Do anxiety and depression join you during your holiday season? They certainly can hang around for a long time because for many of us worldwide, autumn and very early winter bring a steady stream of celebrations from traditions both secular and religious. This, of course, is generally a wonderful thing. Celebrating aspects of our lives is important for our mental health and wellbeing. It shifts our focus from “to-do” to “to-be,” from negative to positive. Celebrations also have the potential to connect people anew. They also present a plethora of opportunities to enjoy practicing mindfulness. Holidays can indeed be all this. However, they can also be stressful and even painful. Anxiety and depression skyrocket during the holiday season. There are things you can do to uninvite anxiety and depression from your holidays and replace them with peace, joy, love, and light.
Cold weather affects our mental health as much as our physical health. As the weather gets colder, it becomes crucial for people to take care of their mental health. We’re often vulnerable to the stress induce by regular exposure to…
You can enhance your wellbeing immediately, whenever you need to. You can also do it your way and tailor your actions to suit your personality and wellbeing needs of the moment. This list of quick actions is sorted by purpose: what do you want right now? Take a look, and put the ones that appeal to you in your wellness toolbox.
I love that Mental Health Awareness Month is in May. It’s the height of
spring, and flowers are in bloom, leaves are unfurling, and birds are soaring as they build their nests. Signs of life abound when we tune in mindfully to enjoy them. May is the perfect metaphor for mental health (note that the representative color is even green).
Just as the earth is waking up and creating itself anew, so, too, can we. It’s what mental health and wellbeing are all about. This is an ongoing process and spans across all months, but Mental Health Awareness Month shines sunlight on the process on purpose, a reminder that we can take charge of ourselves and our wellbeing. We live an ever-flowing journey of creating ourselves anew.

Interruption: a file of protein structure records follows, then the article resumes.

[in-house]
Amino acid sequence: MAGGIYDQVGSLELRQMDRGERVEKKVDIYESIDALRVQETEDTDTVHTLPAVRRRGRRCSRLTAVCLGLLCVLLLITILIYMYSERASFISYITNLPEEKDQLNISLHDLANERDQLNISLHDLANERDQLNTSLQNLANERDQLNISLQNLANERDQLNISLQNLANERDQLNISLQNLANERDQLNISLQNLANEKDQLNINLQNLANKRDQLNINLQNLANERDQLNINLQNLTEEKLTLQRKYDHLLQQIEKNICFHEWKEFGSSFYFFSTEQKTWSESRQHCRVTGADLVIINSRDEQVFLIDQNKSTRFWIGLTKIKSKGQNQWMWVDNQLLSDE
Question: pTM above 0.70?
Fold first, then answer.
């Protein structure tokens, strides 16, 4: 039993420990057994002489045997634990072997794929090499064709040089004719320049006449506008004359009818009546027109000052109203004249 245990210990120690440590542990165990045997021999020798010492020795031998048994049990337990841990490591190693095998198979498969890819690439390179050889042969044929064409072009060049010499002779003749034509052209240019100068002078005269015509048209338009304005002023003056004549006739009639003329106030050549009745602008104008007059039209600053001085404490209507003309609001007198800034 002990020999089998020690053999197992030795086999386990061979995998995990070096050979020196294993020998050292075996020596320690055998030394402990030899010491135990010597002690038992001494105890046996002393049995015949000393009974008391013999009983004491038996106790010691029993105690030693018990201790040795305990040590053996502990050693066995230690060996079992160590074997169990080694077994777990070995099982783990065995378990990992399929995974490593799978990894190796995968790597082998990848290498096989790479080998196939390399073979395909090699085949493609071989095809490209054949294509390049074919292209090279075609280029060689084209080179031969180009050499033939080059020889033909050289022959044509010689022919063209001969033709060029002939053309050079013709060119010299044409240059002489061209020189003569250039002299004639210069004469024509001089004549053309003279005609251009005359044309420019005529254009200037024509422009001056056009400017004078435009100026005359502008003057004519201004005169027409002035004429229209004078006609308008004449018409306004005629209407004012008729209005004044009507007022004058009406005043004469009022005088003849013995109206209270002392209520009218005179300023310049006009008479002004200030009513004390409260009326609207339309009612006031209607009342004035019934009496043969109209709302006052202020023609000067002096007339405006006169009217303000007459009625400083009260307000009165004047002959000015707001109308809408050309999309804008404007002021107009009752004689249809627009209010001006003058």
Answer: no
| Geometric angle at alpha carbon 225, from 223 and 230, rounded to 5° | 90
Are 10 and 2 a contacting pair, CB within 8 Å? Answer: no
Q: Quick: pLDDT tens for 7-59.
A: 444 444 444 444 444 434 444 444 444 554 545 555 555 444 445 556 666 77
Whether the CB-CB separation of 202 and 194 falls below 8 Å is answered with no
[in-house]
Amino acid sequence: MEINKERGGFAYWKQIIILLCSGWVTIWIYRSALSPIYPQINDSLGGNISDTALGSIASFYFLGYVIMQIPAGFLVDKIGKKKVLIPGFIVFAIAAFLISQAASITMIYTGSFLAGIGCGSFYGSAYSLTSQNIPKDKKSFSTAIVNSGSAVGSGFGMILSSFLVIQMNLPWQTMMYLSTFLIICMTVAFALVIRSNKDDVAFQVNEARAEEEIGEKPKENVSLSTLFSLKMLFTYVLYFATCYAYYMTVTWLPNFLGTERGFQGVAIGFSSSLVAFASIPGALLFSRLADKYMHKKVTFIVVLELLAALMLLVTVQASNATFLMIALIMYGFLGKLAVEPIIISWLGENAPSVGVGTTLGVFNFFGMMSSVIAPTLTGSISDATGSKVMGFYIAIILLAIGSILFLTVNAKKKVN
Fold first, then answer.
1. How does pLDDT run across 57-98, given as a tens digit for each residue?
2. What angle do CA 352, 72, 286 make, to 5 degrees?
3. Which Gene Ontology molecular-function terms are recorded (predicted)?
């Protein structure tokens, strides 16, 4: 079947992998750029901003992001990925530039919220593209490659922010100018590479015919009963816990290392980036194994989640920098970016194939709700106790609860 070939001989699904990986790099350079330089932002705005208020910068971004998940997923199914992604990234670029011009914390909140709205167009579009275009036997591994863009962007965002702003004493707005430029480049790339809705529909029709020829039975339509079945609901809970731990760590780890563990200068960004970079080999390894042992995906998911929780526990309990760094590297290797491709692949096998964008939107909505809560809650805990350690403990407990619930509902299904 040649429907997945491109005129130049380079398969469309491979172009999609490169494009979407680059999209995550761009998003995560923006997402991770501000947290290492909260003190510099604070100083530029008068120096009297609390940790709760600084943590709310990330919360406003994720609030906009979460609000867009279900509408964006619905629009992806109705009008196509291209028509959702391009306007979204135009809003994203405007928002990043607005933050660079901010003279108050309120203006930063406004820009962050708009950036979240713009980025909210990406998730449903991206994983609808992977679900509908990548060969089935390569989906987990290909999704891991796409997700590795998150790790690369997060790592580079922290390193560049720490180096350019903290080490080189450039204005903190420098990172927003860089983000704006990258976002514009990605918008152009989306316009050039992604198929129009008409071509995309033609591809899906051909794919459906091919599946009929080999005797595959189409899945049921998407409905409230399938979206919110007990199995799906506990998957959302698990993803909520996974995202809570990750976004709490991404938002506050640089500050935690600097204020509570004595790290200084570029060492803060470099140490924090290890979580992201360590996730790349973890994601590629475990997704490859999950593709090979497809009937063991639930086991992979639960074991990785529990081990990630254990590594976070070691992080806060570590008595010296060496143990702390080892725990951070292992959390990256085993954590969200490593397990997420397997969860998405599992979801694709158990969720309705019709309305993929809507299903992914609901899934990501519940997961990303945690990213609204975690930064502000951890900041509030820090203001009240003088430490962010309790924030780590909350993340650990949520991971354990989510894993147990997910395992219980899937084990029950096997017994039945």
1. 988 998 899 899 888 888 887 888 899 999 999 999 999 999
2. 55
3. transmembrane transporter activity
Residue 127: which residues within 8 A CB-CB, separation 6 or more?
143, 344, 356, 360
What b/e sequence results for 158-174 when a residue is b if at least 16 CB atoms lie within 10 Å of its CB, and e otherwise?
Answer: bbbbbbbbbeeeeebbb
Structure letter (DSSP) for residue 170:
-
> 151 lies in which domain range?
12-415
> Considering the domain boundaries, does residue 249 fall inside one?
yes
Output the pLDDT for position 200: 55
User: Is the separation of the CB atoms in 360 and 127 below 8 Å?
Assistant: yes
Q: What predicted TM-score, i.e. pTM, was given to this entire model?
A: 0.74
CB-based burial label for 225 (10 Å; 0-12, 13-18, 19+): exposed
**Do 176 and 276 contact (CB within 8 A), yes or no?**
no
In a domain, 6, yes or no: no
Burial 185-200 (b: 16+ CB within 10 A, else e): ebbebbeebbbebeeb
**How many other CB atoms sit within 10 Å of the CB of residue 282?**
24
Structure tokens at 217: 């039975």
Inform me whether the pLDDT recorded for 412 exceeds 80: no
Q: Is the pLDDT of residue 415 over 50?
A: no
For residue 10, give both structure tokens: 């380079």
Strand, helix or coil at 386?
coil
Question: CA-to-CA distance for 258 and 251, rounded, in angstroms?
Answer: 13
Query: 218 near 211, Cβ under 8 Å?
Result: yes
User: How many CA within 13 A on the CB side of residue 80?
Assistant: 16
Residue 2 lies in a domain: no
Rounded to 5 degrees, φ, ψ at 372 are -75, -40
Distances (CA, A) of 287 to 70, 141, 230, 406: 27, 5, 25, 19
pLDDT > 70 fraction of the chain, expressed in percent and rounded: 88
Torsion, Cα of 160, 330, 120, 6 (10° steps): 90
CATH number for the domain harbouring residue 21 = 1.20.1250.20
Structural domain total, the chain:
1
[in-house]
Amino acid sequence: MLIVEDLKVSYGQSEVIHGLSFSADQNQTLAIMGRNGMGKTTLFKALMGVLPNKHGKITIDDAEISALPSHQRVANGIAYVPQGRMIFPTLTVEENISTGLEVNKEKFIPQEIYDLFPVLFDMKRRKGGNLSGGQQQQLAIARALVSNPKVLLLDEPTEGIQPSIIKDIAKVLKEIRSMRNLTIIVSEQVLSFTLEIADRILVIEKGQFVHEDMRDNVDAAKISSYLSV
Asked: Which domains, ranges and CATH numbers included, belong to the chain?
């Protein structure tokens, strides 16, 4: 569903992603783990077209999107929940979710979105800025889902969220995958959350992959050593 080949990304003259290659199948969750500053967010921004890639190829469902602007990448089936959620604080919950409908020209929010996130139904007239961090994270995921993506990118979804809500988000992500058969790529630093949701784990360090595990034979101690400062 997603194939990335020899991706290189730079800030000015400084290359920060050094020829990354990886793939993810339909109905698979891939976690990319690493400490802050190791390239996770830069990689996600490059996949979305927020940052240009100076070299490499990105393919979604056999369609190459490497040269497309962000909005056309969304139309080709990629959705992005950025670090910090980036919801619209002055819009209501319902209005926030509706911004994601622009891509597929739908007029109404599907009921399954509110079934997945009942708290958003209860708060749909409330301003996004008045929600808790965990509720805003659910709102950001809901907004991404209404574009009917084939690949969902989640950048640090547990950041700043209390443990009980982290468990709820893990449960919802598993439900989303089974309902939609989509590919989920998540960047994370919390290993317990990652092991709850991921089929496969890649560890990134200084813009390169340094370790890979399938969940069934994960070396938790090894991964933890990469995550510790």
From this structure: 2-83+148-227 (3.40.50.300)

Reducing anxiety with a mindfulness practice works. Not only that, it works on a deep level and creates a life-long change in our relationship with anxiety. If you’re skeptical, you’re not alone. After all, mindfulness is largely about being present where you are. If anxiety is constantly with you, does mindfulness mean you’re present with it? How, then, does being mindful reduce anxiety? Let’s explore that and gain some mindfulness tools.
Thirty days of wellbeing words can go a long way in shaping goals and inspiring action and attitudes, and goals, action, and attitudes are ultimately what help us create wellbeing and the quality life we desire–and deserve. Words are powerful things, and just a few can be meaningful. Scroll through the images to find your insights and inspiration.
To live life one moment at a time in one room at a time would be the foundation of a quality life. Imagine being able to be in a moment, fully in one room. Your whole being is present, living only what’s around you. That is the essence of living one moment, one room. I invite you to be in the room with me and explore the concept further.
Imagine what your life would be like if you could feel beautiful or handsome. (Here, I’ll use “beautiful” for simplicity. Feel free to substitute your own description.) Close your eyes for just a moment and picture it. What meaning do you place on a word like “beautiful?” It’s a concept that means different things to different people. Whatever significance it has for you, you can cultivate it in your life. Keep reading to explore why beauty is good for wellbeing and 6 ways to feel beautiful.
Wellbeing is a lifestyle, a way of being in your life and with yourself. Researchers from a variety of disciplines continue to discover how the brain and body work and what we can do to optimize our functioning to enhance the wellbeing within us. This information is quite helpful as we work to move past difficulties and create a quality life. However, sometimes it can feel like information overload and be overwhelming. If you’ve ever felt that no matter what you do, it’s not enough, read on. There’s a way past these crushing thoughts and feelings.
Practice acceptance of mental health challenges and life problems–stress, jobs, relationships, school, money…the list is long and in our faces day and night, night and day. This is a terrible list. Why would anyone want to accept these things? Accepting them actually reduces their hold on you. As counterintuitive as it may seem, accepting struggles helps you distance yourself from them.